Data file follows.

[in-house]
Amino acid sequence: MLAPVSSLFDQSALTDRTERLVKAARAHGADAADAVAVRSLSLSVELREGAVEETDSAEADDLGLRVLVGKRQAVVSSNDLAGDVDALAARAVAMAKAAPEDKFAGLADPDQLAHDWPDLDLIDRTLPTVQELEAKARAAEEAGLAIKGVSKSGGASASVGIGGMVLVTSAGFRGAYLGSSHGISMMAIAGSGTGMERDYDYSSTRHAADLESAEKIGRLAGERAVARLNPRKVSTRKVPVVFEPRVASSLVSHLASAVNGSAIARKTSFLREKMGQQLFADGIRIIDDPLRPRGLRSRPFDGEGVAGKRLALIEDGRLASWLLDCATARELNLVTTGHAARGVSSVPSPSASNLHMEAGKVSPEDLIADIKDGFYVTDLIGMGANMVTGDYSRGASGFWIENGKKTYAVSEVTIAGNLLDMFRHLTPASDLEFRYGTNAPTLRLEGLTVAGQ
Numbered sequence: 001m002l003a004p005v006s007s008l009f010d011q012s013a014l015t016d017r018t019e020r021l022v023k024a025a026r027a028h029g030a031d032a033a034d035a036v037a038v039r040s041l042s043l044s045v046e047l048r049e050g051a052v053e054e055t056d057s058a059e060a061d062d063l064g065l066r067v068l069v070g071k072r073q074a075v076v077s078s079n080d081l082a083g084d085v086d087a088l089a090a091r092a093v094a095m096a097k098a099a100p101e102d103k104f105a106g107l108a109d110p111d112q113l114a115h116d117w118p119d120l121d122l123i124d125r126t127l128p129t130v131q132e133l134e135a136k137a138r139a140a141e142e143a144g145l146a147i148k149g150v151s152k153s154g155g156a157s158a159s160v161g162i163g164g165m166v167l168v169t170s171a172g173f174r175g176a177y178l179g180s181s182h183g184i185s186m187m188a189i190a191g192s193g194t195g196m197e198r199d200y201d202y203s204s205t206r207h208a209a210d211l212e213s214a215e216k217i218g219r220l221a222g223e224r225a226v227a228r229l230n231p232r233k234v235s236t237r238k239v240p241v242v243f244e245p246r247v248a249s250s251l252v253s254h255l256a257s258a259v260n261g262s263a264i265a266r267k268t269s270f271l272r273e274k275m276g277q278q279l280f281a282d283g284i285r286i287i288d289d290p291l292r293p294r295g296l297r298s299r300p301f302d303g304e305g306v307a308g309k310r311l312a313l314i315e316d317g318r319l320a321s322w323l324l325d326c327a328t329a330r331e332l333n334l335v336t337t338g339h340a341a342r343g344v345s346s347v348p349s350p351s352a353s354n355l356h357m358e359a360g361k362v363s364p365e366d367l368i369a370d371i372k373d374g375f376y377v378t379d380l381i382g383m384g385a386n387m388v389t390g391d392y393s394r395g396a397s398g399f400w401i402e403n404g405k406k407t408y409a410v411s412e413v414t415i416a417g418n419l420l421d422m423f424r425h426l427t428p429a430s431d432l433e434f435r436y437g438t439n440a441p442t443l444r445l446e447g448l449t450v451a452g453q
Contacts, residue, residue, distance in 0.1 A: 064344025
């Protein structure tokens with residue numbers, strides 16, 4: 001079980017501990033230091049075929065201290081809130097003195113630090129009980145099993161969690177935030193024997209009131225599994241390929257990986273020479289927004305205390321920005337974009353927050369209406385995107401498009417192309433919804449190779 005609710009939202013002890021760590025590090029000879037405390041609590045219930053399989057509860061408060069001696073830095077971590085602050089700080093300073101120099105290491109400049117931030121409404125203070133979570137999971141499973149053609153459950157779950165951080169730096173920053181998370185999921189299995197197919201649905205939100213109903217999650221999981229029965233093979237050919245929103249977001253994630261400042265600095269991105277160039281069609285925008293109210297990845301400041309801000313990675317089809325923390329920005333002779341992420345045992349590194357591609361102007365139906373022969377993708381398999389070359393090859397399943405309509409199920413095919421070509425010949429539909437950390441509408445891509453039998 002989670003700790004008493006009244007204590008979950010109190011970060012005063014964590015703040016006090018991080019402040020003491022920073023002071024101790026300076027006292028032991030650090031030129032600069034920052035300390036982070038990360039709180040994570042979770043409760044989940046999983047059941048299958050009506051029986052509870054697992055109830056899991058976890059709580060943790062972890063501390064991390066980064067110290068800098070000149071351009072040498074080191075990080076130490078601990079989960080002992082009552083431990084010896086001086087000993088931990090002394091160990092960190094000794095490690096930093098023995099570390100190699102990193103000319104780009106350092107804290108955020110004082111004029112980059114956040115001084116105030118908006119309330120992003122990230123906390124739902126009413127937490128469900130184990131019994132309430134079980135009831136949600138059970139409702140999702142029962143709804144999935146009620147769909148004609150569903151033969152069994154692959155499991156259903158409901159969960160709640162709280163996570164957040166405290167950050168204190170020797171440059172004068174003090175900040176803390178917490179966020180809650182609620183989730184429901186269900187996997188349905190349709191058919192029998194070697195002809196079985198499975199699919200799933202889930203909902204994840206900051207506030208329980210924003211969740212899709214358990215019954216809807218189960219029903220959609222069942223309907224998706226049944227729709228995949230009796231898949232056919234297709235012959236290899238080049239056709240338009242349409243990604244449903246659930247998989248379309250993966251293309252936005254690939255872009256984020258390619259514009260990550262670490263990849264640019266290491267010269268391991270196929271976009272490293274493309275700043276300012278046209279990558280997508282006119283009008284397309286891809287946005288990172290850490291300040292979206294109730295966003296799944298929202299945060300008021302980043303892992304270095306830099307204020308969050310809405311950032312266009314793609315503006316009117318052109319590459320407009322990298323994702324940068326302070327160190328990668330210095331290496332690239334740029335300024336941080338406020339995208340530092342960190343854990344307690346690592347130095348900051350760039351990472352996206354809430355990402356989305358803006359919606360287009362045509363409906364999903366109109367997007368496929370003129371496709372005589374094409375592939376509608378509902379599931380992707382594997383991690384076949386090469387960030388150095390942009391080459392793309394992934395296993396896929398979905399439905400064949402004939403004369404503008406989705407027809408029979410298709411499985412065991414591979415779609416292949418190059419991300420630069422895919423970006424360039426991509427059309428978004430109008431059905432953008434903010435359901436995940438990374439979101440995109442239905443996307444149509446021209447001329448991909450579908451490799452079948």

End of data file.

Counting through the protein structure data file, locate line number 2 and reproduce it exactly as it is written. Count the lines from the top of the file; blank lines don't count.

Amino acid sequence: MLAPVSSLFDQSALTDRTERLVKAARAHGADAADAVAVRSLSLSVELREGAVEETDSAEADDLGLRVLVGKRQAVVSSNDLAGDVDALAARAVAMAKAAPEDKFAGLADPDQLAHDWPDLDLIDRTLPTVQELEAKARAAEEAGLAIKGVSKSGGASASVGIGGMVLVTSAGFRGAYLGSSHGISMMAIAGSGTGMERDYDYSSTRHAADLESAEKIGRLAGERAVARLNPRKVSTRKVPVVFEPRVASSLVSHLASAVNGSAIARKTSFLREKMGQQLFADGIRIIDDPLRPRGLRSRPFDGEGVAGKRLALIEDGRLASWLLDCATARELNLVTTGHAARGVSSVPSPSASNLHMEAGKVSPEDLIADIKDGFYVTDLIGMGANMVTGDYSRGASGFWIENGKKTYAVSEVTIAGNLLDMFRHLTPASDLEFRYGTNAPTLRLEGLTVAGQ